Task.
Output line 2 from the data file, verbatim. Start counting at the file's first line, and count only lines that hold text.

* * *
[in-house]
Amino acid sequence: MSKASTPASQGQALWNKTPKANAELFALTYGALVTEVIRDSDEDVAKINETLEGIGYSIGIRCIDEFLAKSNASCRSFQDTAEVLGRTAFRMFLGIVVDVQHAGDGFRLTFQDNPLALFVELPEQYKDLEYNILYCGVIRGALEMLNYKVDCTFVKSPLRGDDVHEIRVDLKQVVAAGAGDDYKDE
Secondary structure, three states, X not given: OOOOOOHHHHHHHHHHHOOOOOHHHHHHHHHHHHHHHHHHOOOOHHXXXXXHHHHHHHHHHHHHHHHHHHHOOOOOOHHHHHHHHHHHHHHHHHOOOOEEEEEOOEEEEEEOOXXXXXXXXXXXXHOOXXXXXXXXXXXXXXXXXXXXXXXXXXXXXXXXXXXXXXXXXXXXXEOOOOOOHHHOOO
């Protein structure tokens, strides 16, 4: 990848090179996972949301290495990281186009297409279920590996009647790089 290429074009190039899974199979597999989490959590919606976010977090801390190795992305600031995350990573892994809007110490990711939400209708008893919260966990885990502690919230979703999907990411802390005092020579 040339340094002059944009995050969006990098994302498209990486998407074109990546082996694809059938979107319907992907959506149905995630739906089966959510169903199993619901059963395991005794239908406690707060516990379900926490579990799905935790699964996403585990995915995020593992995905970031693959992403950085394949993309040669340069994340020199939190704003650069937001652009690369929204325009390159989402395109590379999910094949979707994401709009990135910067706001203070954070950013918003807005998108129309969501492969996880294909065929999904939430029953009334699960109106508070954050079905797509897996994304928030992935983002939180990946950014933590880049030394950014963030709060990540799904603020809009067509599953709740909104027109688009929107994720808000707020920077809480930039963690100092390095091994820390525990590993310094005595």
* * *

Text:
Amino acid sequence: MSKASTPASQGQALWNKTPKANAELFALTYGALVTEVIRDSDEDVAKINETLEGIGYSIGIRCIDEFLAKSNASCRSFQDTAEVLGRTAFRMFLGIVVDVQHAGDGFRLTFQDNPLALFVELPEQYKDLEYNILYCGVIRGALEMLNYKVDCTFVKSPLRGDDVHEIRVDLKQVVAAGAGDDYKDE